Jim: When I measure to the 12th fret and multiply by two I get about 24 1/2", same as the Stahl and Bohmann mandocellos (or is it mandocelli?). Actually you can find the approximate scale length of a number of different mandocellos on one of the sample pages from my book (page 58, use the arrows to scroll through the sample pages) that is posted on my website.

    Also I am kind of hoping someone will come up with a photo of a 3 point reverse scroll Bruno mandolin or piccolo mandolin. It seems odd that the only family members I have seen are the mandola and mandocello.



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    Default Re: c1913 Bruno Cello Mandolin Style D

    Quote Originally Posted by gweetarpicker View Post
    The last two weeks I posted videos of two different Stahl brand octave mandolas. This week I decided to post a video of a Bruno mandocello (also thought to have been built by the Larson brothers). Again, I figured most folks would never get the chance to hear these instruments since they are so rare.

    https://youtu.be/tAoJWVJtXlo


    www.vintagefrettedinstruments.com
    Nice video! It's good that you explain all things.

  14. #12
    Registered User gweetarpicker's Avatar
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    Default Re: c1913 Bruno Cello Mandolin Style D

    Thank you for the kind words. I wish I really could explain all things!

    The unusual design of the Bruno seems to work well. In general, I don't think the Larsons built many carved instruments, perhaps a small number of Bruno three point mandolins and Stahl violin shaped mandolins, a few Prairie State archtop guitars, perhaps a few other rare examples.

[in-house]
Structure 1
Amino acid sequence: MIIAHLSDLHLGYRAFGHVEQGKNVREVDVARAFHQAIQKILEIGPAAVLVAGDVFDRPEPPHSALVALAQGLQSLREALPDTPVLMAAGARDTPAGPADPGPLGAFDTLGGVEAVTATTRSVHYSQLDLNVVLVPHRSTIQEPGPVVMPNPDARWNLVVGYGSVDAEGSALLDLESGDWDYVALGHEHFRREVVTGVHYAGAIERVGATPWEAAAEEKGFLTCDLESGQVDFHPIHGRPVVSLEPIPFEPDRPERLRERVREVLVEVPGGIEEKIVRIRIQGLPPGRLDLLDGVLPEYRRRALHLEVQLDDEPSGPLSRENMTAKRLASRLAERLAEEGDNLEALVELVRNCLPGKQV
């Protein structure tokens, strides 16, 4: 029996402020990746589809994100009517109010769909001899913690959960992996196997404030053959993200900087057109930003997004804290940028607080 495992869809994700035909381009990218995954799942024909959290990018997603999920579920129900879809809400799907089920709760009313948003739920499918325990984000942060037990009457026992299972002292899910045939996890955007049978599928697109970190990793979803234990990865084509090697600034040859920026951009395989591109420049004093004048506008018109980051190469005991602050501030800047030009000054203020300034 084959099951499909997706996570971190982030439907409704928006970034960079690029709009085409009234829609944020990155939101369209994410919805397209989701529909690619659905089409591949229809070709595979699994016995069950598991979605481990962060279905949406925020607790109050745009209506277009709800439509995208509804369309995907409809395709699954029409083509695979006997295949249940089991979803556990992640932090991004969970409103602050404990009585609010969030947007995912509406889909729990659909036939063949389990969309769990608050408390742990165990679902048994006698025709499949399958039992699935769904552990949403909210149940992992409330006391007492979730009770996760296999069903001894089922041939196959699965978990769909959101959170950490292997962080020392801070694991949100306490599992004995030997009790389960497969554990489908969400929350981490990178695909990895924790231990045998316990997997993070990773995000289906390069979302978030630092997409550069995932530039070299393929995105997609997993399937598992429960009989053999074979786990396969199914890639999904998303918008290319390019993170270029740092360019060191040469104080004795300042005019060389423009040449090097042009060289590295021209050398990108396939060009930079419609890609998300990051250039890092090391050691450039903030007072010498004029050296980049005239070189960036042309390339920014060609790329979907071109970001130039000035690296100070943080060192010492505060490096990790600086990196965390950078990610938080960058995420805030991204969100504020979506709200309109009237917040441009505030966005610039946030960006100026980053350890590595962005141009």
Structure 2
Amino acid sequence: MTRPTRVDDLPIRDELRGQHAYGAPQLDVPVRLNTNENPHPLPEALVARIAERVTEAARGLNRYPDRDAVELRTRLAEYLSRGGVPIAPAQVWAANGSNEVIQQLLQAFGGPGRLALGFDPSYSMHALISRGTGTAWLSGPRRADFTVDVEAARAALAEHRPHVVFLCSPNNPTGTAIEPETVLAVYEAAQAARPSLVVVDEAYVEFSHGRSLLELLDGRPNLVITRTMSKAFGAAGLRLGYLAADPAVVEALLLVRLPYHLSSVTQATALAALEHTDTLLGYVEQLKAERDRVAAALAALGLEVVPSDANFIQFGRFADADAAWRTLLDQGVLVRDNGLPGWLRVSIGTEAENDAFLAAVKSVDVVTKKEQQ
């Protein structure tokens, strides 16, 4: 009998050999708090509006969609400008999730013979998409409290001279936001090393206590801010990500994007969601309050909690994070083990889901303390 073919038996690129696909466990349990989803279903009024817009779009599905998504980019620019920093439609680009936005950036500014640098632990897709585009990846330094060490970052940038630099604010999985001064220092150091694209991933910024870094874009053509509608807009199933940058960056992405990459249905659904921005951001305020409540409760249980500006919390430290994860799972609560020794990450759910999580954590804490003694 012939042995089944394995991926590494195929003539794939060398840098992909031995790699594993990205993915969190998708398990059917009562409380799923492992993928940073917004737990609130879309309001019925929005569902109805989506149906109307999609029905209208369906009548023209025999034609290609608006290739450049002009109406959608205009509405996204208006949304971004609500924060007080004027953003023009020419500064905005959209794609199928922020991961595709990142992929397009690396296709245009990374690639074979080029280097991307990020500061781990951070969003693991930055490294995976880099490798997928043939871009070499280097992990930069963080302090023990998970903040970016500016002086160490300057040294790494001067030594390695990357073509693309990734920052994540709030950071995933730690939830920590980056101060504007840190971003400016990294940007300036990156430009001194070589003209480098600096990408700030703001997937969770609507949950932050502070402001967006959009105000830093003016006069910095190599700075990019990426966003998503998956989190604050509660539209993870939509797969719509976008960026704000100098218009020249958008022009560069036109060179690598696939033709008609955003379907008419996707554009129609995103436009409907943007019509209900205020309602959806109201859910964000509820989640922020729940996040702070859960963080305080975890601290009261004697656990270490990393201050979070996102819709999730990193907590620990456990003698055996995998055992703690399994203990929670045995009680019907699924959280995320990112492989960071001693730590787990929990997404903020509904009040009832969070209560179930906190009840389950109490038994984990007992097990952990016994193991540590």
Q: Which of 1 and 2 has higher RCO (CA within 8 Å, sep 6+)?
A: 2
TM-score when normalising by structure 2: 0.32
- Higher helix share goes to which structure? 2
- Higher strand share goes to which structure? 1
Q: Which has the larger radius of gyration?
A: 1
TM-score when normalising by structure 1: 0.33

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    Default Re: c1913 Bruno Cello Mandolin Style D

    George Gruhn attributed a reverse scroll model mandolin that was more ornate than the typically known Regal examples to the Larson's several years ago in a book. It was assumed that if you saw a mandolin family instrument like this that was carved and perhaps used better wood that it wasn't made by Regal. The design was patented by Frank Kordick in 1914. He was the president of Regal. In the last few years Bob Carlin brought out his book Regal Musical Instruments 1895-1955 and I am more than convinced that these instruments were all built by Regal. They were building some very high quality carved instruments with some complex inlay. It was their patented design and they certainly didn't need anyone else's help building these.